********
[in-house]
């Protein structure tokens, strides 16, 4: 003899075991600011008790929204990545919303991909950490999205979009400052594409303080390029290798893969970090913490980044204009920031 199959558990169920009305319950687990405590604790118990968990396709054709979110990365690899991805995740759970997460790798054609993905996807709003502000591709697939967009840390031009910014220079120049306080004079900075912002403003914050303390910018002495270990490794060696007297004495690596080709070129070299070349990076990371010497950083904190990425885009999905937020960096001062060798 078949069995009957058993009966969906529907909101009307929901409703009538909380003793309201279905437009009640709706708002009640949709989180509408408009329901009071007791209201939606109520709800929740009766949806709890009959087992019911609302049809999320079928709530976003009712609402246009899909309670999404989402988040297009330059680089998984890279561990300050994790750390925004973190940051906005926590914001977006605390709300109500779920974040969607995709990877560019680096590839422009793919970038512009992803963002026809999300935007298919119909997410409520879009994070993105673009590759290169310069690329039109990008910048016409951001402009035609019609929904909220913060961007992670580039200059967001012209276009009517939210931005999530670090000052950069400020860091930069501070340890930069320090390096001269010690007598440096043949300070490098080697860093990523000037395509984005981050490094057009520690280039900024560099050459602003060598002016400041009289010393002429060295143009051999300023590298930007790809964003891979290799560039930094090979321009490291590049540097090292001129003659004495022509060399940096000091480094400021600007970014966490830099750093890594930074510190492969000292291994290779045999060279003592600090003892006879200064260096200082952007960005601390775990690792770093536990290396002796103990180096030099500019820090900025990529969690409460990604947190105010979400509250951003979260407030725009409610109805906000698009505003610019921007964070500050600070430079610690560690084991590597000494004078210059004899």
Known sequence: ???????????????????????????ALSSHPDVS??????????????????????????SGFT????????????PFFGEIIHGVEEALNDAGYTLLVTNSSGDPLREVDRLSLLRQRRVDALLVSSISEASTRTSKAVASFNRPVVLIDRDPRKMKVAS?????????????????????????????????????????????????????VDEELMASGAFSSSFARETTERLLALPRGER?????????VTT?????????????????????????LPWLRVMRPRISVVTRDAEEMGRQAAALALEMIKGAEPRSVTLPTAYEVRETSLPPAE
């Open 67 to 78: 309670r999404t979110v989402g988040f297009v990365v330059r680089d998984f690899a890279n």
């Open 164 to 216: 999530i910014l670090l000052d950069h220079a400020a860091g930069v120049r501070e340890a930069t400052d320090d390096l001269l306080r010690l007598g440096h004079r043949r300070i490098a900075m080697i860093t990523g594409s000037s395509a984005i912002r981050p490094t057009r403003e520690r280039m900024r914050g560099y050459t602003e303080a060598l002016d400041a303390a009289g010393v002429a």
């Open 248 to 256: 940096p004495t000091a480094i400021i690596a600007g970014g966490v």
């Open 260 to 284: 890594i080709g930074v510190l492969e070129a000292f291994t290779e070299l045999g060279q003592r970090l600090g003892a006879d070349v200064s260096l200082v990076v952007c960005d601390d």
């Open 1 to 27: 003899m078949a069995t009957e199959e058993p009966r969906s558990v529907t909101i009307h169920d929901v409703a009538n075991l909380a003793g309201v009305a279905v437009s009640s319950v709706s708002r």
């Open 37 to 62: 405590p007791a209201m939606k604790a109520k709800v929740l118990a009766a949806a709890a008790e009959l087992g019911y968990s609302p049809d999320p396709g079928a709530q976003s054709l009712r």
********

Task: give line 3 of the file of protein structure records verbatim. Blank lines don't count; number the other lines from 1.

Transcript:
Known sequence: ???????????????????????????ALSSHPDVS??????????????????????????SGFT????????????PFFGEIIHGVEEALNDAGYTLLVTNSSGDPLREVDRLSLLRQRRVDALLVSSISEASTRTSKAVASFNRPVVLIDRDPRKMKVAS?????????????????????????????????????????????????????VDEELMASGAFSSSFARETTERLLALPRGER?????????VTT?????????????????????????LPWLRVMRPRISVVTRDAEEMGRQAAALALEMIKGAEPRSVTLPTAYEVRETSLPPAE